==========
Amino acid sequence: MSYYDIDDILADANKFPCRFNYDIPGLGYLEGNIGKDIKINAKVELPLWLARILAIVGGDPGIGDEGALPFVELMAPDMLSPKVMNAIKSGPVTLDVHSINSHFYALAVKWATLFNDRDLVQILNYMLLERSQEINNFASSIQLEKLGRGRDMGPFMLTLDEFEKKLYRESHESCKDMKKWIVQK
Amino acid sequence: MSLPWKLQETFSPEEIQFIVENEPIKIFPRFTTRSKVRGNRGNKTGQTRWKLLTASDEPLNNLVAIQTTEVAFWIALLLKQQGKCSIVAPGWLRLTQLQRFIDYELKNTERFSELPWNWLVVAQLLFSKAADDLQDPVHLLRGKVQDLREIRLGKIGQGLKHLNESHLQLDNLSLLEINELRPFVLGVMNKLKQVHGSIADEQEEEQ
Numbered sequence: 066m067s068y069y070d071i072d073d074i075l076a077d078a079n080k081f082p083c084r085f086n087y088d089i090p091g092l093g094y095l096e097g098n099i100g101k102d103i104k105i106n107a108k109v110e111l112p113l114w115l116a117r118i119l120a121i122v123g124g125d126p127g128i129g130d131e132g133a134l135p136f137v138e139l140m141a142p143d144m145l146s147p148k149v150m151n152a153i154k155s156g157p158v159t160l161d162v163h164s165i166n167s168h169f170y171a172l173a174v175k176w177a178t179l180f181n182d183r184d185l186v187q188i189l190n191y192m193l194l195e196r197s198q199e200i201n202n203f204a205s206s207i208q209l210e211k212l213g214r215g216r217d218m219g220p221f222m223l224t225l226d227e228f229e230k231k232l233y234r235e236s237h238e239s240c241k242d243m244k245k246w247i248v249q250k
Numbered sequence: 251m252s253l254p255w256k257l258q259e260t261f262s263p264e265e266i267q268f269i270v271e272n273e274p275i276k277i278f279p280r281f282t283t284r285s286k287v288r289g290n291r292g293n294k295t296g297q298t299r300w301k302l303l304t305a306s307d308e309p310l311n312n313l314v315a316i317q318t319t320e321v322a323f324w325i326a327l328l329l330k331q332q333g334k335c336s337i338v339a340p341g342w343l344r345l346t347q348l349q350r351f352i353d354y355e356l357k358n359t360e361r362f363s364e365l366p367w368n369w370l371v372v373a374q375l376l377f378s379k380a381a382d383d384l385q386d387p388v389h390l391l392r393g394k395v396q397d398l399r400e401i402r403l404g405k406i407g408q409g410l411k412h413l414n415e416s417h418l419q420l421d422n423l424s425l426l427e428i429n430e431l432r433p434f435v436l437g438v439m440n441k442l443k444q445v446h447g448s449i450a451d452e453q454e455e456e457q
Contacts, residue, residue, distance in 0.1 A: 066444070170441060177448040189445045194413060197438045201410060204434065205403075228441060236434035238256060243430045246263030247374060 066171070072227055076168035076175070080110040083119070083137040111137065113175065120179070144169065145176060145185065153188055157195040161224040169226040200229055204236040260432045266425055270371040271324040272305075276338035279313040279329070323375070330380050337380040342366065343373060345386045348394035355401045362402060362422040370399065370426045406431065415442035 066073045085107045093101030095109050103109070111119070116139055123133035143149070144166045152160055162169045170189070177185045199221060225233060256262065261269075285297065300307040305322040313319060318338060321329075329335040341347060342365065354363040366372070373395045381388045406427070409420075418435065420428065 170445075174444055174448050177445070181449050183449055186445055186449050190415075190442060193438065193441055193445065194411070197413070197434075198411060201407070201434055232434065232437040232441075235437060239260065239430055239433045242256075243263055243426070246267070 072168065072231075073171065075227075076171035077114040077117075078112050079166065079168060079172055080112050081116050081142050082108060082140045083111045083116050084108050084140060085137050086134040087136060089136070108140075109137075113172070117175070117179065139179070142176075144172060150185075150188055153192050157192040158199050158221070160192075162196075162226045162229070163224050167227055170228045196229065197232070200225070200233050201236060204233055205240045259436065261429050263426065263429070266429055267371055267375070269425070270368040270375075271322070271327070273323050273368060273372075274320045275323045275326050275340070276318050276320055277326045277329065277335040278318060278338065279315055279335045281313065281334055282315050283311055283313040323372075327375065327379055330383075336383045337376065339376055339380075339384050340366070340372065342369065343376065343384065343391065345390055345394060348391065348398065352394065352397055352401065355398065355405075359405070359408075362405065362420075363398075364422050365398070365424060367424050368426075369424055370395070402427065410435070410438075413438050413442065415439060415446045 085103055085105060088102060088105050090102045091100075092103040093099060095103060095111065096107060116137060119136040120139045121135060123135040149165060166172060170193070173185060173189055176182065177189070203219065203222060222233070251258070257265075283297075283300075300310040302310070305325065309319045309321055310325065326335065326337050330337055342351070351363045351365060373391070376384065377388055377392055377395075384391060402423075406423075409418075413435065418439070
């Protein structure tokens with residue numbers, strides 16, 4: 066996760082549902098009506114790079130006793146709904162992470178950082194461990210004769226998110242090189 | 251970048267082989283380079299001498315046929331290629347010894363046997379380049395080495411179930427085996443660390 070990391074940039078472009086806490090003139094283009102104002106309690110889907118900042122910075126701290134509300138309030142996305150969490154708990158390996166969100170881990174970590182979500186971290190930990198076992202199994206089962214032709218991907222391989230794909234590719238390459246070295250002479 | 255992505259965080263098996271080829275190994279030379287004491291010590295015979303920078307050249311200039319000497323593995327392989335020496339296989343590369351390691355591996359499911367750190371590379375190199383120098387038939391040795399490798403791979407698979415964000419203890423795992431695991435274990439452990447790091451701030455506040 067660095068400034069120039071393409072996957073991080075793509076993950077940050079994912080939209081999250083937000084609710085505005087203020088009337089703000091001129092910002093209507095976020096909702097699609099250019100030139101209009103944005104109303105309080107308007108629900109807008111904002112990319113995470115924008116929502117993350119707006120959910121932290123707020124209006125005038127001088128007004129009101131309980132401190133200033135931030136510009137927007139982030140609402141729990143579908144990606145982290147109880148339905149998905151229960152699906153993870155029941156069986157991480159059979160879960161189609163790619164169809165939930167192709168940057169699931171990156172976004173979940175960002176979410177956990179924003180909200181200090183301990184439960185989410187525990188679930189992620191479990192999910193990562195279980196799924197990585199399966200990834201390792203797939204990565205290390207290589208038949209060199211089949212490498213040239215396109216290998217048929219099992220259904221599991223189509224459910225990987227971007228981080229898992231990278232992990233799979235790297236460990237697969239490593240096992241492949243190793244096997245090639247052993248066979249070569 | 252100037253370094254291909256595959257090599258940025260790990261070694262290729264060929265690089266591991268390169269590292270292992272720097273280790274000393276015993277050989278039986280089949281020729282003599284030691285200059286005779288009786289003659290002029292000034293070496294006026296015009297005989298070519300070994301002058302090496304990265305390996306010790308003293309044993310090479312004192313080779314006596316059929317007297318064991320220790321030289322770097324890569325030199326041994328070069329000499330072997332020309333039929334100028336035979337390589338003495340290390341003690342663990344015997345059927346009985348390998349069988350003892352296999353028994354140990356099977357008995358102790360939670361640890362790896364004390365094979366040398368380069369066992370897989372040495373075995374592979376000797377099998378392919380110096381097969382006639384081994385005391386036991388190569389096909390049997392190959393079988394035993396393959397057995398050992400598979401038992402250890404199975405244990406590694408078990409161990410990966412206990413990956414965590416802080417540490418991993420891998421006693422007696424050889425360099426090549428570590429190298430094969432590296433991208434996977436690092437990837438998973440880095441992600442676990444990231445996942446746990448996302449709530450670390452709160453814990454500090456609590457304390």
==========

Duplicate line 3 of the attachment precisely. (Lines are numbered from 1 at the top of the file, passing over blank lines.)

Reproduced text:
Numbered sequence: 066m067s068y069y070d071i072d073d074i075l076a077d078a079n080k081f082p083c084r085f086n087y088d089i090p091g092l093g094y095l096e097g098n099i100g101k102d103i104k105i106n107a108k109v110e111l112p113l114w115l116a117r118i119l120a121i122v123g124g125d126p127g128i129g130d131e132g133a134l135p136f137v138e139l140m141a142p143d144m145l146s147p148k149v150m151n152a153i154k155s156g157p158v159t160l161d162v163h164s165i166n167s168h169f170y171a172l173a174v175k176w177a178t179l180f181n182d183r184d185l186v187q188i189l190n191y192m193l194l195e196r197s198q199e200i201n202n203f204a205s206s207i208q209l210e211k212l213g214r215g216r217d218m219g220p221f222m223l224t225l226d227e228f229e230k231k232l233y234r235e236s237h238e239s240c241k242d243m244k245k246w247i248v249q250k